The only real distinction between the prior case and this one is that the applicant here seeks to extend its contract carrier authority from a specific regular route authority to an irregular route authority extending over the entire state.

The majority opinion here apparently takes the unique position that because the applicant stated that it desired to contract for its services with five banks rather than one and to solicit other banks where it was possible to furnish necessary services, the operations are somehow converted from a contract carrier type of operation to a common carrier type of operation.

The evidence is almost undisputed that the needs of banks for transportation services for data processing materials are specialized within a rigid time and place framework. The record is abundantly clear that neither the rules of the railway commission nor any law or previous decision of this court limit the holder of a contract carrier permit to contracting for the authorized carriage with a single specific shipper or even a series of named shippers. Not even the protestant takes that position.

The majority here has substituted its own definition of a "contract carrier" for that prescribed by statute, by previous opinions of this court, and by the regulatory body charged with the responsibility of carrying out legislative policy.

In the original Samardick case in 1968, this court said: "The term `consistent with the public interest' is quite different in its meaning than the term `public convenience and necessity.' The former means only that the proposed contract carrier service does not conflict with the legislative policy of the state in dealing with transportation by motor carriers, while the latter requires a consideration of the present service being rendered in the territory, the need of additional service, and the facilities which the applicant can provide. Consistent with the public interest simply means that it is not contrary to the public policy of the state as expressed in the Motor Carrier Act."

The evidence here is replete with testimony indicating the requirements of specialized service to meet the needs of the banking industry in connection with prompt and efficient data processing. We refer again to the original Samardick case in 1968. We also said there: "The evidence as to where the public interest lies in the present case is in conflict. The determination of the public interest in such a case is one that is peculiarly for the determination of the commission. If there is evidence to sustain the findings of the commission, this court cannot intervene. It is only where the findings of the commission are against all the evidence that this court may hold that the commission's findings on the evidence are unreasonable and arbitrary. Where the evidence is in conflict, as here, the weight of the evidence is for the determination of the commission and not this court."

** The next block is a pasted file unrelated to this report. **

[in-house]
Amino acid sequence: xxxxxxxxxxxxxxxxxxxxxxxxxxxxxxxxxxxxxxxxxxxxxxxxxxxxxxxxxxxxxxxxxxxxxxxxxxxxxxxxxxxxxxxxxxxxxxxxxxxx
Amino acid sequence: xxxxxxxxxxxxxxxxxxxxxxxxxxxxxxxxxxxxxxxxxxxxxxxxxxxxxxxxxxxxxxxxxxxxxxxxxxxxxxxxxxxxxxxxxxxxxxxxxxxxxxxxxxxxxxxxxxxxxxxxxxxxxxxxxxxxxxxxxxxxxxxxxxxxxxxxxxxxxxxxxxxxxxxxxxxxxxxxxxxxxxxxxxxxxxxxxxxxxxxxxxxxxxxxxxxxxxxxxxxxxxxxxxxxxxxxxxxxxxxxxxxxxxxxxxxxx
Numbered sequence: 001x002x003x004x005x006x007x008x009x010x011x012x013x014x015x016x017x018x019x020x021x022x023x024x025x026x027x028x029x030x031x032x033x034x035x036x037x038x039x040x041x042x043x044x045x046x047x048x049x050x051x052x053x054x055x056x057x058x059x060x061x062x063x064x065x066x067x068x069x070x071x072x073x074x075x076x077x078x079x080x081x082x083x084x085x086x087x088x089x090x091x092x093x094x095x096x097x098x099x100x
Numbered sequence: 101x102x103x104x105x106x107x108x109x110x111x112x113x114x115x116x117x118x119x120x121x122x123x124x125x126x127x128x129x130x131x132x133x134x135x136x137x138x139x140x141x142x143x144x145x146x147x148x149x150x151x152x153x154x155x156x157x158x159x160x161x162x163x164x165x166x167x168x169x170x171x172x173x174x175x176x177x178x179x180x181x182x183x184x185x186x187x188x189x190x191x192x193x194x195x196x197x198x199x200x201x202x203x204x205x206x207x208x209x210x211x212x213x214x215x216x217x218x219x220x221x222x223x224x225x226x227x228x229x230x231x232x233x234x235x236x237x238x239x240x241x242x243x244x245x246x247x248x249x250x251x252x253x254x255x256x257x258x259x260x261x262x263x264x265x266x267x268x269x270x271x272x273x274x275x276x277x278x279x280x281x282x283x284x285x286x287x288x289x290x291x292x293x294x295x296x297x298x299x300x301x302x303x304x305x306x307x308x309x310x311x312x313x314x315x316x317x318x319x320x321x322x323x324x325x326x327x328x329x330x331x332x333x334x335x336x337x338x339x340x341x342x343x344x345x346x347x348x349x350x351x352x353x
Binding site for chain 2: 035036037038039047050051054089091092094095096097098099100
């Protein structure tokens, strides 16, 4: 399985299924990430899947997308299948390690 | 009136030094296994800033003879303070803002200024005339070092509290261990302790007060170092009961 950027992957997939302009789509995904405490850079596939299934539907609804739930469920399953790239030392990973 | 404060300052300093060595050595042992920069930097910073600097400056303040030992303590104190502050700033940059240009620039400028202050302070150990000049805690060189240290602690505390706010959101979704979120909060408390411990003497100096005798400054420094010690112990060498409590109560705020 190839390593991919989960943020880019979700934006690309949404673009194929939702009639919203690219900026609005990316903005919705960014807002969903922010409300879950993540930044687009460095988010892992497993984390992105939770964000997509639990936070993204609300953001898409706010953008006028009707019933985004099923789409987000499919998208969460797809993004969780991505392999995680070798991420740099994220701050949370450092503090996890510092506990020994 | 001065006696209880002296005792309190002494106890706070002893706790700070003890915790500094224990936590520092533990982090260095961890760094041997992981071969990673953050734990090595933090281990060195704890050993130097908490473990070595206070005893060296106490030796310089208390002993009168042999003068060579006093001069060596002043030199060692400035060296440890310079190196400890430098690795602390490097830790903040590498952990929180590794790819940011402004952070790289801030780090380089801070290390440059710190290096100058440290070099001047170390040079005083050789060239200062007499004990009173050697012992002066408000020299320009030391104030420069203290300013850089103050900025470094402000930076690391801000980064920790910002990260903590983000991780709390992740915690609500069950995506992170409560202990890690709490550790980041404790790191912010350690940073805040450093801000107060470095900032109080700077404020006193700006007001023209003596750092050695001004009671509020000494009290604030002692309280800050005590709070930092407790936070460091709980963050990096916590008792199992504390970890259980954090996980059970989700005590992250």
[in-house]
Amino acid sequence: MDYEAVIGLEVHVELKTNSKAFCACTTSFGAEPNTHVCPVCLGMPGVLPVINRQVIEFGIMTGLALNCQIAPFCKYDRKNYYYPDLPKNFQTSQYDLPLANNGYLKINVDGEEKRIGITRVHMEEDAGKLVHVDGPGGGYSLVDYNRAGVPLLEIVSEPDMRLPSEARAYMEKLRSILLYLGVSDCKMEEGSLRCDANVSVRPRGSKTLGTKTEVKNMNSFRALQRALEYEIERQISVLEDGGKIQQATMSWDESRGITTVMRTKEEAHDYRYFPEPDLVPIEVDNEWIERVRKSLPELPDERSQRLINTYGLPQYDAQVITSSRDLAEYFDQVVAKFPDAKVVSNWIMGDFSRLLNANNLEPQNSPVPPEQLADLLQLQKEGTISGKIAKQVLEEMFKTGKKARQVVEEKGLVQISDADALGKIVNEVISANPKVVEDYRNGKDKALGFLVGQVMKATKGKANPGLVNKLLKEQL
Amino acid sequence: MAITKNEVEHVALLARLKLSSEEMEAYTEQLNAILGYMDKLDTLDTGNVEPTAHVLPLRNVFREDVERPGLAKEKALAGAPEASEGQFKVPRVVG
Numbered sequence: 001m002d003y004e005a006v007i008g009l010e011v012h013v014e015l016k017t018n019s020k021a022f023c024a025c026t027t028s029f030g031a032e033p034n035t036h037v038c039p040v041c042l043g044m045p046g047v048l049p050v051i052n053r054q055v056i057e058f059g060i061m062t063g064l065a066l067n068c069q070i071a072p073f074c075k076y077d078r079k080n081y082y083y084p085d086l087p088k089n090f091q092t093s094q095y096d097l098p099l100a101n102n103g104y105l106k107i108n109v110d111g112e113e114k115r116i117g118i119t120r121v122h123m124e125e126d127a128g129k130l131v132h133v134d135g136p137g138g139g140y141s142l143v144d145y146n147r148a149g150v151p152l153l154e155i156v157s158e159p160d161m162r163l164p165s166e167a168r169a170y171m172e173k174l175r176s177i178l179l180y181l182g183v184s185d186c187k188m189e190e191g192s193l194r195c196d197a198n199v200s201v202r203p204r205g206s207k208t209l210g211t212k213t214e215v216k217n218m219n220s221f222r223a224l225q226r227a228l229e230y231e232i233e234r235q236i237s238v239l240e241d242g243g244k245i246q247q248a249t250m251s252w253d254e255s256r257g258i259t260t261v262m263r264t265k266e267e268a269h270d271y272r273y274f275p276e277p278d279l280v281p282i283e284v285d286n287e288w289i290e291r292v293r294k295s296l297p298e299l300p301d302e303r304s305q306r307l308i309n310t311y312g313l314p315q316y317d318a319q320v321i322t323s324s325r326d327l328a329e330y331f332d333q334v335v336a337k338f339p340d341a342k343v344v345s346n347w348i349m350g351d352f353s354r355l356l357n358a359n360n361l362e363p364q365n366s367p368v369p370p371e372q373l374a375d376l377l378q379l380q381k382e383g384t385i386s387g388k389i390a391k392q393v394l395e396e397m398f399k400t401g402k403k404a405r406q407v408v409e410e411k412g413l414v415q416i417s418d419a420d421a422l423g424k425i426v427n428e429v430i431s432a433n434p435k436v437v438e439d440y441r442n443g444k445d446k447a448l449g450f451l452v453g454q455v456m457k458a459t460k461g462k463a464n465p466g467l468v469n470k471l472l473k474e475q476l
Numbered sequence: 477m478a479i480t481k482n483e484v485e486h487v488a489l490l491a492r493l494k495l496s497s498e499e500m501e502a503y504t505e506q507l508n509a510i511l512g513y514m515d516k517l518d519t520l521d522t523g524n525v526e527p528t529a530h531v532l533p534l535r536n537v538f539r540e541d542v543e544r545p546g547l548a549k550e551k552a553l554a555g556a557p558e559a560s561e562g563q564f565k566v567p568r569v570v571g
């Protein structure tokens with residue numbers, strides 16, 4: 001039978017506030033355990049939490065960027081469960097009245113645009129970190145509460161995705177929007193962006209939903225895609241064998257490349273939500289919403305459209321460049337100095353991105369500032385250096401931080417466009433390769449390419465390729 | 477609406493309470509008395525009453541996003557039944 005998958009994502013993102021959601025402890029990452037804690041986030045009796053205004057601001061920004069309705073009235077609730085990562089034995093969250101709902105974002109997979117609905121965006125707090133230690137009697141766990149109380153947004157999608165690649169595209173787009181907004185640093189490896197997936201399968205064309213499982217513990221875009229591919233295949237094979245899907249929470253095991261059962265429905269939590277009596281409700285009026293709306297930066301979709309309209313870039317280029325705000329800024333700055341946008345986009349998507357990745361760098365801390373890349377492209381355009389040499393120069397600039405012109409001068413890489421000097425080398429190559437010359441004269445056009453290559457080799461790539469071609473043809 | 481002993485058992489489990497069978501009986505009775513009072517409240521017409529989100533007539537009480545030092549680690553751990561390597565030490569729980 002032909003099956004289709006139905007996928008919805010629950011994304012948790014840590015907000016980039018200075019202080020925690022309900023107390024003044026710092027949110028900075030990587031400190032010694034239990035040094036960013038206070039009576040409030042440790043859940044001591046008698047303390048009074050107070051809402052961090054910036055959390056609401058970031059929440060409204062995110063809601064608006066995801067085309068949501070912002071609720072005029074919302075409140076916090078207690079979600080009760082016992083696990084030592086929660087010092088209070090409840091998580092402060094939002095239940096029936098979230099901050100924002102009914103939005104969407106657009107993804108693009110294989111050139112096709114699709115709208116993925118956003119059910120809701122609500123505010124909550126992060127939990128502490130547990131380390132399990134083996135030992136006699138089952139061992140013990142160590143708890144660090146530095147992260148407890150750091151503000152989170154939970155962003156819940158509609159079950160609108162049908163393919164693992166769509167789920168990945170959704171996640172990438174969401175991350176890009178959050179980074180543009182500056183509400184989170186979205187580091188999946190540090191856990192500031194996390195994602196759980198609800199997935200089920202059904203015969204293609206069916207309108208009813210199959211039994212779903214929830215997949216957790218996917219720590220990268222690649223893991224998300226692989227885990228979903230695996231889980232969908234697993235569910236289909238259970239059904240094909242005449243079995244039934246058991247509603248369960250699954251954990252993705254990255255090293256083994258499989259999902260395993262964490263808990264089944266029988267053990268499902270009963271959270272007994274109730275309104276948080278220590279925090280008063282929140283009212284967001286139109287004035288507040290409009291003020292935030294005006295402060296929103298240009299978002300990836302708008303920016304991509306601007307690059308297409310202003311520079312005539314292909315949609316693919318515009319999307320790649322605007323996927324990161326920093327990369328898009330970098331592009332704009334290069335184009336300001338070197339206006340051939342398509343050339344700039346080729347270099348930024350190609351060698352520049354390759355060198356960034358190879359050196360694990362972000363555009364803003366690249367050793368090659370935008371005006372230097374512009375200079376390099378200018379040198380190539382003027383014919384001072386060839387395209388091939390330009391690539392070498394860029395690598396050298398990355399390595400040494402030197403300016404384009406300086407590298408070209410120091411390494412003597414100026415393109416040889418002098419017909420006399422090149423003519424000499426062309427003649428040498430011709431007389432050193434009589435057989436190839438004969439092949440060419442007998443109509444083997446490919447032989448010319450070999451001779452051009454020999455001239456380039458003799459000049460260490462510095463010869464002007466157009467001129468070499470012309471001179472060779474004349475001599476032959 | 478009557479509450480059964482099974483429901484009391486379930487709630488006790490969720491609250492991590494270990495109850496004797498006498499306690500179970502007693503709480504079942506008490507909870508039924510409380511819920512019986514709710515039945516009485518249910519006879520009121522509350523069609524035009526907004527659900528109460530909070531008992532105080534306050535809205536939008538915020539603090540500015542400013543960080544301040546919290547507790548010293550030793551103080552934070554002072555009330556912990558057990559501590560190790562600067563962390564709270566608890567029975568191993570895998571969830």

*654 It is glaringly apparent that the majority opinion here is grounded upon the principle that a single, somewhat specialized, common carrier ought to be protected from all competition. In effect, the majority opinion says that the type of specialized service rendered by that common carrier, at least if it is offered to more than one contract shipper by any other carrier, can only be that of a common carrier and cannot be contract carriage. These are policy issues into which this court ought not to inquire. The entire statutory and regulatory pattern for motor carriers in this state clearly demonstrates that such policy decisions were specifically committed to the railway commission. Whatever expertise and experience it may have is and should be applied to making such policy determinations in the public interest. An attempt by this court to determine how much competition is in the public interest and where the competition ought to be or ought not to be is a clear usurpation of the authority and jurisdiction specifically committed to the railway commission.

The basic principles undergirding the regulation of motor carriers was stated very effectively in Black Hills Stage Lines, Inc. v. Greyhound Corp., 174 Neb. 425, 118 N.W.2d 498: "The purpose of the Nebraska Motor Carrier Act was regulation for the public interest. Its purpose was not to stifle legitimate competition but to foster it. Its purpose was not to create monopolies in the transportation industry, but to eliminate discrimination, undue preferences or advantages, and unfair or destructive competitive practices. Legitimate competition is a normal attribute of our free enterprise system. It must be permitted to exist and the law contemplates that it shall."

The extent and level of regulation of motor carriers is a matter of legislative policy. It has been committed to the jurisdiction of the railway commission. When the evidence on policy issues is in conflict, but there is evidence to sustain the findings and orders of the commission, this court cannot and should not act in the role of a superimposed regulatory body. See, Samardick of Grand Island-Hastings, Inc. v. B. D. C. Corp., supra; Neylon v. Petersen & Petersen, Inc., 181 Neb. 143, 147 N.W.2d 488.

There was evidence here to sustain the findings and the order of the railway commission. It was within the jurisdiction of the commission to act and the action was neither arbitrary nor unreasonable. Its order should be affirmed.